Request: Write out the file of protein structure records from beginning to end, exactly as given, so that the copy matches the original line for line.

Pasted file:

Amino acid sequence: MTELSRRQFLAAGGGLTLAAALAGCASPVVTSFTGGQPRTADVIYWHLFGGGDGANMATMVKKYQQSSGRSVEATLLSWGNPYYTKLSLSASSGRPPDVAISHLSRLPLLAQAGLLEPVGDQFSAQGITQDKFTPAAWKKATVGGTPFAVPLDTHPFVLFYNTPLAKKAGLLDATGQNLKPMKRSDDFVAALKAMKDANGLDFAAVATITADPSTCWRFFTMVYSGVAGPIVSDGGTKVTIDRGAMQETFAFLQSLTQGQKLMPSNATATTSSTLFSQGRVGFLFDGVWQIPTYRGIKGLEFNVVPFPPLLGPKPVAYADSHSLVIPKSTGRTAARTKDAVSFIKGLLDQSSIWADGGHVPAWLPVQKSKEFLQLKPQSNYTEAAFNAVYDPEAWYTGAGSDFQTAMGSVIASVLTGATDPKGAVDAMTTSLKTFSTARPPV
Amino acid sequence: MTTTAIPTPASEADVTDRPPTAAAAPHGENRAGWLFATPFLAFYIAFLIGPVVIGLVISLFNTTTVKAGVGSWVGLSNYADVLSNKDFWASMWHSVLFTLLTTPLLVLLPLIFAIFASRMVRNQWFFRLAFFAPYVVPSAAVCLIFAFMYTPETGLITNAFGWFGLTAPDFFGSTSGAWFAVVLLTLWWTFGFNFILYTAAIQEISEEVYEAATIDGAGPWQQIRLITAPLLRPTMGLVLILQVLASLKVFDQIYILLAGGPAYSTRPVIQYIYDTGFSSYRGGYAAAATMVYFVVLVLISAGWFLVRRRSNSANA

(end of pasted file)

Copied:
Amino acid sequence: MTELSRRQFLAAGGGLTLAAALAGCASPVVTSFTGGQPRTADVIYWHLFGGGDGANMATMVKKYQQSSGRSVEATLLSWGNPYYTKLSLSASSGRPPDVAISHLSRLPLLAQAGLLEPVGDQFSAQGITQDKFTPAAWKKATVGGTPFAVPLDTHPFVLFYNTPLAKKAGLLDATGQNLKPMKRSDDFVAALKAMKDANGLDFAAVATITADPSTCWRFFTMVYSGVAGPIVSDGGTKVTIDRGAMQETFAFLQSLTQGQKLMPSNATATTSSTLFSQGRVGFLFDGVWQIPTYRGIKGLEFNVVPFPPLLGPKPVAYADSHSLVIPKSTGRTAARTKDAVSFIKGLLDQSSIWADGGHVPAWLPVQKSKEFLQLKPQSNYTEAAFNAVYDPEAWYTGAGSDFQTAMGSVIASVLTGATDPKGAVDAMTTSLKTFSTARPPV
Amino acid sequence: MTTTAIPTPASEADVTDRPPTAAAAPHGENRAGWLFATPFLAFYIAFLIGPVVIGLVISLFNTTTVKAGVGSWVGLSNYADVLSNKDFWASMWHSVLFTLLTTPLLVLLPLIFAIFASRMVRNQWFFRLAFFAPYVVPSAAVCLIFAFMYTPETGLITNAFGWFGLTAPDFFGSTSGAWFAVVLLTLWWTFGFNFILYTAAIQEISEEVYEAATIDGAGPWQQIRLITAPLLRPTMGLVLILQVLASLKVFDQIYILLAGGPAYSTRPVIQYIYDTGFSSYRGGYAAAATMVYFVVLVLISAGWFLVRRRSNSANA